Recent attention has been drawn to expanding the class of polymer-based OPV materials through heteroatom substitution within the repeating units in the main chain of a polymer backbone. We sought to investigate how heteroatom substitution within a donor-acceptor copolymer causes such large variations in the photovoltaic parameters, which cannot be explained considering the variations in the optical band gap alone. Our study applies broadband transient absorption spectroscopy to a series of low-band gap copolymers, wherein the S-position of the benzothiadiazole in the parent polymer structure is substituted for an oxygen (i.e., benzooxadiazole) and selenium (i.e., benzoselenadiazole). Our thin-film morphology measurements reveal unfavorable packing of the oxygen- and selenium-containing polymers near the interfaces with [6,6]-phenyl-C71-butyric acid methyl ester (PCBM) or in intermixed regions. We explain the device performance differences based upon a sub-optimal blend morphology, resulting in suppressed dissociation of charge-transfer states and, concomitantly, high geminate recombination rates for these systems. Furthermore, the heavy-atom effect of the selenium-containing polymer facilitates access to the triplet manifold. We find that triplet state formation can initially be circumvented by fast charge photogeneration in the finely intermixed morphology of the polymer:PCBM blend; however, this morphology also prevents charge dissociation and ultimately results in recombination to form triplet exciton states. These results provide valuable insights into how heteroatom substitutions affect the thin-film morphology and severe photocurrent loss pathways in polymer solar cells.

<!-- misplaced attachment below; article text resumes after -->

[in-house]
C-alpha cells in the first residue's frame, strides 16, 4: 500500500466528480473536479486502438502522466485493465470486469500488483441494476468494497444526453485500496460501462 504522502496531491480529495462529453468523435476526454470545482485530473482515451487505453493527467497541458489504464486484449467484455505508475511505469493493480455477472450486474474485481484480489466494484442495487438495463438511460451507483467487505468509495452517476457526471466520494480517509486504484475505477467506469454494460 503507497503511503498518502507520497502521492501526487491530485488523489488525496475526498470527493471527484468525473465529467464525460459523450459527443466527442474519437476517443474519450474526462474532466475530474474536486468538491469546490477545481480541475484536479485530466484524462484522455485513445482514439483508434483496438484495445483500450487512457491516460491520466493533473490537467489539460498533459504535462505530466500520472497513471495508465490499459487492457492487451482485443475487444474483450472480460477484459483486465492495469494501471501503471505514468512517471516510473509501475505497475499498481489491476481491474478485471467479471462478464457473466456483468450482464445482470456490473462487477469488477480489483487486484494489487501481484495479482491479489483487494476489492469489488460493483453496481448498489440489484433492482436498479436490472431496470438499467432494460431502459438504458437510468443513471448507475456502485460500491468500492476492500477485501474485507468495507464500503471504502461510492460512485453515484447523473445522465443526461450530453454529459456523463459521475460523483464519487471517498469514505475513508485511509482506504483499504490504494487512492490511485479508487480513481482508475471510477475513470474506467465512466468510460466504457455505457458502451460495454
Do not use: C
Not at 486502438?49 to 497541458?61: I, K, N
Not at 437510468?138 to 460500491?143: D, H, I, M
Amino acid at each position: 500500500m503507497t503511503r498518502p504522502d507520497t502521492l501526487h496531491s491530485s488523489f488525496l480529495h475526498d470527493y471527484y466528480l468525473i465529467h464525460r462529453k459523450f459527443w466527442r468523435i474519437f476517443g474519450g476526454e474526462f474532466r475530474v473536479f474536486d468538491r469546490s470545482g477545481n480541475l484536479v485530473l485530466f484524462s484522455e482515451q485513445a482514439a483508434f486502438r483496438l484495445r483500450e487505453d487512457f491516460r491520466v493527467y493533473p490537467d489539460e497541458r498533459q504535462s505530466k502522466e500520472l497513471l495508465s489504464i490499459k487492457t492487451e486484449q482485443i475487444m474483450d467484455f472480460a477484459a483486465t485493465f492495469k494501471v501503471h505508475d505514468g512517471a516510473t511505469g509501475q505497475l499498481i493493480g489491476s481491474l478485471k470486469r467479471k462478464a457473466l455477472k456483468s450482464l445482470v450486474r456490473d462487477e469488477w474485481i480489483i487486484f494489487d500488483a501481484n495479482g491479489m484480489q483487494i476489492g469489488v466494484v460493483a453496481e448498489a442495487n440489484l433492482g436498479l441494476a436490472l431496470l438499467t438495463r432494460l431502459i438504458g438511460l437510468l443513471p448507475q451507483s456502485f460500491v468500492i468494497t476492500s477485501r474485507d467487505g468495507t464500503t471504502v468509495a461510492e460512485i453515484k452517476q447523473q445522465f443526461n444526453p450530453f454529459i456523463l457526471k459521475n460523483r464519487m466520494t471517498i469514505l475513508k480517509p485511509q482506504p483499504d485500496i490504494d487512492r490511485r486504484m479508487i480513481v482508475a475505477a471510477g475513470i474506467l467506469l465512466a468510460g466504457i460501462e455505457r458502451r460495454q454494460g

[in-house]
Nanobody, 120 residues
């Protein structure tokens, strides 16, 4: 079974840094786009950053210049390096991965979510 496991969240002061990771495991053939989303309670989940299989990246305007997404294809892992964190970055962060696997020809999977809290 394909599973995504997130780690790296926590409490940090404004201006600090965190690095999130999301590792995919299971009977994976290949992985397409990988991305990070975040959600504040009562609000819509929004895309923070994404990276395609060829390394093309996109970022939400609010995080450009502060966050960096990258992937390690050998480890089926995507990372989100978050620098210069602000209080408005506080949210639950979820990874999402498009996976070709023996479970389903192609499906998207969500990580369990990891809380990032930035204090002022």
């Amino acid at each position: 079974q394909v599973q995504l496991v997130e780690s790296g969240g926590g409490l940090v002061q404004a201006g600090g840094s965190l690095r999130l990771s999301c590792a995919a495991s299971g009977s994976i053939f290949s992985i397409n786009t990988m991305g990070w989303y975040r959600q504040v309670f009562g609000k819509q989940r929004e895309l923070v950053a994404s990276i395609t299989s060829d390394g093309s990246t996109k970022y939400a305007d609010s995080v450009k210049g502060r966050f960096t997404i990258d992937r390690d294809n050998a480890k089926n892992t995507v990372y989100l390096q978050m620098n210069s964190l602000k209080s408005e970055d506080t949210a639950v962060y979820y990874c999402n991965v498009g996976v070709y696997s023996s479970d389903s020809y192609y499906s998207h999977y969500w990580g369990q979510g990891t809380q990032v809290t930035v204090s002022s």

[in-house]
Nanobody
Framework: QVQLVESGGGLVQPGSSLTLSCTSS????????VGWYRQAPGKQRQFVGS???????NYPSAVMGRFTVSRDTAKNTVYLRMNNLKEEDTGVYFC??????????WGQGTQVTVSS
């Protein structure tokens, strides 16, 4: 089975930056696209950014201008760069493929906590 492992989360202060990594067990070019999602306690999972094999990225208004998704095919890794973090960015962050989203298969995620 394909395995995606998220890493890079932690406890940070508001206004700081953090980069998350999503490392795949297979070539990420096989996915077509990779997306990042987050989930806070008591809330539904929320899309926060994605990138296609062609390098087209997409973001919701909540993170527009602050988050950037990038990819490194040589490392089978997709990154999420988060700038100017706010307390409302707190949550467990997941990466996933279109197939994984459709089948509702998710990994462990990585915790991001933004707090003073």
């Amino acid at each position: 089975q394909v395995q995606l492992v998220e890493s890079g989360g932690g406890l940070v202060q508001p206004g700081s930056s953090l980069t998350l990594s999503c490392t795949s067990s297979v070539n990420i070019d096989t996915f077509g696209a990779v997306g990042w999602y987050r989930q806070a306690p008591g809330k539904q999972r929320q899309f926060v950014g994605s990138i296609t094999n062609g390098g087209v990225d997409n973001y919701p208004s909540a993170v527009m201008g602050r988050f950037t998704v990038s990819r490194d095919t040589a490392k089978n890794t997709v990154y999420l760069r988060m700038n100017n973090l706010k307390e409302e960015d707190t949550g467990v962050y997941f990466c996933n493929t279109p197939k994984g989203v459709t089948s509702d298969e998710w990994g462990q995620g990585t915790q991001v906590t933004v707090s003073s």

ASJC Scopus subject areas
- Electronic, Optical and Magnetic Materials
- Physical and Theoretical Chemistry
- Surfaces, Coatings and Films